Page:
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Sunday, February 13, 2011

Dduk Buki (Spicy Rice Cakes) and Mushroom Risotto

Hello everyone!

Last night, I made Dduk Buki (Spicy Rice Cakes). You can have access to rice cakes to pretty much any Korean supermarket which are near Steeles & Yonge, Yonge & Finch and near Christie station.

I like to freeze my rice cakes because they rapidly go bad. What I usually do is fill up a huge metal bowl with hot water and submerge the frozen rice cakes so they are easier to rip and absorb water. If I have Soy bean soup, I used it as the main broth for the sauce of this dish. The anchovies that are grounded up makes pretty much anything tasty! :D

So I boiled onions and carrots first, then added a large amount of freshly minced garlic (I think Italians would love whatever I make because I always double the garlic in my dishes.) and some anchovy powder. Then I added red pepper paste a very dense one. I took 2-3 tablespoons of red pepper paste from home and it felt like this paste weighted about 1 pound in my bag. I sprinkled red pepper flakes, fish cakes, chopped mushrooms and chopped green onion in the end. I usually put honey and unsalted peanuts but unfortunately, I didn't have peanuts. Recently, after I read the book, "Skinny Bitch", I have been using Agave syrup after learning its health benefits. It has a lower glycemic index than sugar, and maple syrup and it has some Vitamin C in it. It tastes similar to honey. It depends on the cook how sweet and spicy you want to make it so there is no recipe carved out in stone. I guess my parents have fused some Korean cooking values into me. Koreans don't like sweet stuff. They don't like their sweets too sweet that is why Korean cakes are considered very light and not sweet and Metro supermarket Cakes. So I when I cook, I like to add honey or agave to lift the saltiness a little bit or balence out the saltiness. Oooh! I need to blog about my favourite bakery store... Once I have money to do that... :( I want green tea cake!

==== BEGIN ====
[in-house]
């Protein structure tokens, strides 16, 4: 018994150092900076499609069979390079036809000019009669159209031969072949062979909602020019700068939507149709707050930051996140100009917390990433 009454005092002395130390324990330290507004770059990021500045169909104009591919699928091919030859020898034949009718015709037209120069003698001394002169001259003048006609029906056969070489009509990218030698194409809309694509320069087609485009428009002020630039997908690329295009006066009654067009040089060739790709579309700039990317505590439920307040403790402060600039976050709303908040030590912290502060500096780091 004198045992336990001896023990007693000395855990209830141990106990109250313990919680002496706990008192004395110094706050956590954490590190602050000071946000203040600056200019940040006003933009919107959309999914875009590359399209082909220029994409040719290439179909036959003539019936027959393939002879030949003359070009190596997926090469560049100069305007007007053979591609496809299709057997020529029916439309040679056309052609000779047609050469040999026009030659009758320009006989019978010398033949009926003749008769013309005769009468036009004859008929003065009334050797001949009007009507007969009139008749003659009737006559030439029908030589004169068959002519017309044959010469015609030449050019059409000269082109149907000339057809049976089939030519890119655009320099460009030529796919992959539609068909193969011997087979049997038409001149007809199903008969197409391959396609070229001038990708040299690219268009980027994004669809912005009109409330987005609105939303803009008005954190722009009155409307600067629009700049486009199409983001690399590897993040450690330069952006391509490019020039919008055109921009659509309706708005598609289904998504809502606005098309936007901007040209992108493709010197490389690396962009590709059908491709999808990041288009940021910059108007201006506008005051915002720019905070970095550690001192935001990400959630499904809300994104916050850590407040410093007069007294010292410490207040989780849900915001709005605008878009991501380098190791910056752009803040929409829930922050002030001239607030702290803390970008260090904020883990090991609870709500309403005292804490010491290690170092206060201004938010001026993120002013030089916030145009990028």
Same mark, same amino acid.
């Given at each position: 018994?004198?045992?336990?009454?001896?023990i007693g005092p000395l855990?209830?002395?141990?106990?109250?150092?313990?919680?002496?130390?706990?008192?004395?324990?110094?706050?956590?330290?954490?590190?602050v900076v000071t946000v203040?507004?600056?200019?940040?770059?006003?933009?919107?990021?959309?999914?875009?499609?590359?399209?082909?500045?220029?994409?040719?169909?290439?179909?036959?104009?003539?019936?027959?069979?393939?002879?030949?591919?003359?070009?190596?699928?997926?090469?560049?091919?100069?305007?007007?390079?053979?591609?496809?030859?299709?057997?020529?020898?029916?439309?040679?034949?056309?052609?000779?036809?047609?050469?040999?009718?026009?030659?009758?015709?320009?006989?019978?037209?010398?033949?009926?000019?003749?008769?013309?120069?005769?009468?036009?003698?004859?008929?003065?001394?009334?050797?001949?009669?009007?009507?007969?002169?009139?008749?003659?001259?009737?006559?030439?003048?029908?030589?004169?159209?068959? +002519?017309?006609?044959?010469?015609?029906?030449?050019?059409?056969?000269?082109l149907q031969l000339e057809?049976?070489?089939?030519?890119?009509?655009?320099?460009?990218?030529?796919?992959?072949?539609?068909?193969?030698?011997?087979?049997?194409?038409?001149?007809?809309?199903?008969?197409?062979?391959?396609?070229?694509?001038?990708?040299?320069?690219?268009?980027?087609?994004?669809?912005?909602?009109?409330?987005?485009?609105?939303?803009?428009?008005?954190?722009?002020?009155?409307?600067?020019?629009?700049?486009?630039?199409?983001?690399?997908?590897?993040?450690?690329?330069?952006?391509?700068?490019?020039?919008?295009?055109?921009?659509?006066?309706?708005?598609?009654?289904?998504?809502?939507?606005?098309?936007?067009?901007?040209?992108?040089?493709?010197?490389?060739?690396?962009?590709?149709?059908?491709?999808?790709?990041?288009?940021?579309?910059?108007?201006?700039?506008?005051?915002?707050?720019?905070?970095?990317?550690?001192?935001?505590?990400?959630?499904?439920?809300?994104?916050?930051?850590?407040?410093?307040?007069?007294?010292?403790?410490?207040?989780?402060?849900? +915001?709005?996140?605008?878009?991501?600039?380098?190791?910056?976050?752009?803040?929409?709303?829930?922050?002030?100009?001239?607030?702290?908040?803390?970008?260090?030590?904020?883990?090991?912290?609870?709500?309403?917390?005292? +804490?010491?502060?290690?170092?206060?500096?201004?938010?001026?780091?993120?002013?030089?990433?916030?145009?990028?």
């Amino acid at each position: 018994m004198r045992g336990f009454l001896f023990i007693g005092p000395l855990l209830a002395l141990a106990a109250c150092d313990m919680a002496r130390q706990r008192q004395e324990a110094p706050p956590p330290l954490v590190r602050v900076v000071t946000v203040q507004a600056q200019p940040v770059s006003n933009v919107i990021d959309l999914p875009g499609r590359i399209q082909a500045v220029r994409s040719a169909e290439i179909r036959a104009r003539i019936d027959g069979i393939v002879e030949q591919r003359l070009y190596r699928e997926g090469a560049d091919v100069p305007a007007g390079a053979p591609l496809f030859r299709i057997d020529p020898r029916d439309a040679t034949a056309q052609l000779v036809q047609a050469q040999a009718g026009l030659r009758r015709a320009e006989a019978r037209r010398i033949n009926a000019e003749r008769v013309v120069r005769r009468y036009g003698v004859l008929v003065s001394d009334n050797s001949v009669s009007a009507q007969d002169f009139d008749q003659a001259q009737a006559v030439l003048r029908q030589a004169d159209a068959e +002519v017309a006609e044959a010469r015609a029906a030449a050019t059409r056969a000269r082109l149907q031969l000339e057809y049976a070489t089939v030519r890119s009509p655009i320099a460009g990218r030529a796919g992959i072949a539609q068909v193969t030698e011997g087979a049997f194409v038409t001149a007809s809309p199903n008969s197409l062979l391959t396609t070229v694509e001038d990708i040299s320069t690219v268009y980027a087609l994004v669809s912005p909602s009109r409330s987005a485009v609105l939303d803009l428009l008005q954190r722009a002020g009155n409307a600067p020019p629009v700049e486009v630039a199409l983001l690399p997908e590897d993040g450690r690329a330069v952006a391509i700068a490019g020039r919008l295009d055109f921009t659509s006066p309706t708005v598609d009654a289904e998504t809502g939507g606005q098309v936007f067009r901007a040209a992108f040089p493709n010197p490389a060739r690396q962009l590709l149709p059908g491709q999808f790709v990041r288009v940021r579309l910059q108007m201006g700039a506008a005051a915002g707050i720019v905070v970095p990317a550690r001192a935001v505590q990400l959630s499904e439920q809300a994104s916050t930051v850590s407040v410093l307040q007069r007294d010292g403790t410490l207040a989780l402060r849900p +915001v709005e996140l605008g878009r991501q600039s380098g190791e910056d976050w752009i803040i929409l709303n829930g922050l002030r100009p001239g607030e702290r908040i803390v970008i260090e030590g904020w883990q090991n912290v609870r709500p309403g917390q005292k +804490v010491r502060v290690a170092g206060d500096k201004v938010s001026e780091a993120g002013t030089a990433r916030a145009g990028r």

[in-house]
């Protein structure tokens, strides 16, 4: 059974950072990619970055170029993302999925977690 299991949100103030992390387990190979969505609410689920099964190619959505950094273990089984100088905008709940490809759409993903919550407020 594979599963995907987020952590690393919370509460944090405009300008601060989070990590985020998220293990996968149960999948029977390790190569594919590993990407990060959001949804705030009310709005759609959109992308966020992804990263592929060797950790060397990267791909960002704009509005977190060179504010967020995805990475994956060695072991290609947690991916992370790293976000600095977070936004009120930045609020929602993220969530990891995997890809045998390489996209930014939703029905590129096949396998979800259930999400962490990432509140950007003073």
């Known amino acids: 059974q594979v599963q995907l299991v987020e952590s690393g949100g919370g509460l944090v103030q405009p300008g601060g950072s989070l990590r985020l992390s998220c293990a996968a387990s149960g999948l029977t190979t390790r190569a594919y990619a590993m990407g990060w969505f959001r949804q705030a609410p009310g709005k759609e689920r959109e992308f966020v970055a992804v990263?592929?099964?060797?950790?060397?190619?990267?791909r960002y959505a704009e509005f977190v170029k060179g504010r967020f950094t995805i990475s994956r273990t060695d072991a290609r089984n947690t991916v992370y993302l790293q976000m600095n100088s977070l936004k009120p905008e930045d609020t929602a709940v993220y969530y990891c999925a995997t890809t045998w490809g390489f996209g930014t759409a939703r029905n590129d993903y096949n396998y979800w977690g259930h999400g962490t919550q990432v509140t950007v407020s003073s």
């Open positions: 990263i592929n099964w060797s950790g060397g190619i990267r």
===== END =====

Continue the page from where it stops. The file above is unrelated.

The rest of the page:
I like to add a modern twist by adding peanuts. Peanuts have this natural sweet, creamy taste that can lighten the flavour of dishes. I saw how pad thai has peanuts so I tried to added unsalted peanuts to dduk buki and it was sooo good and super filling!

John made this dish for his friend Arnold. And Arnold had described it was "pasta that's very filling".






John made me Mushroom Risotto! :D It was really good! It was a bit too salty but the brocoli was boiled and not salted so it balanced the taste.

My bowl of Risotto....

John's Bowl of Risotto

Wednesday, February 9, 2011

Korean Soy Bean Sprout Soup

Hello everyone!
Today, I made a big pot of Korean Soy Bean Sprout Soup. Its pretty simple to make. Its based on a white onion and anchovy broth. I just added minced ginger to freshen up the taste. Minced Garlic, sea salt, black pepper to add a kick to your mouth, green onions and soy bean spouts. I actually needed some red pepper flakes but did not have any at the moment so I proceeded without any.





This soup goes with Rice but then again... which Korean soup doesn't go with rice? They all do. ;P

Inspired by Cooking Master Boy - "Golden Fried Rice" Episode 1

Hello everyone!

2 days ago, I was inspired by Cooking Master Boy (Episode 1) when he cooked Golden Fried Rice for General Lee. Unfortunately , the one I created was a flop. :(
I made some alterations and threw in some vegetables into the Golden Fried Rice.

This is some screencaps of the actual anime/cartoon to give you guys an idea of what the fried rice was like :







Yes! It was so gold that it was blindingly bright! :D


I sprinkled a lot of garlic powder.

I can see many places where I went wrong.

1. I took out too many egg yolks. My Golden Fried Rice wasn't so golden as it should be. I don't like to eat a lot of egg yolks because its pretty much cholesterol. Your body makes 90% of the cholesterol required by your body. I'll get my vitamins, minerals and my 8 essential amino acids somewhere else.

According to http://www.ehow.com/how_2043562_make-golden-fried-rice-.html , it is actually quite the contrary to what I did. Add the yolks and discard the whites!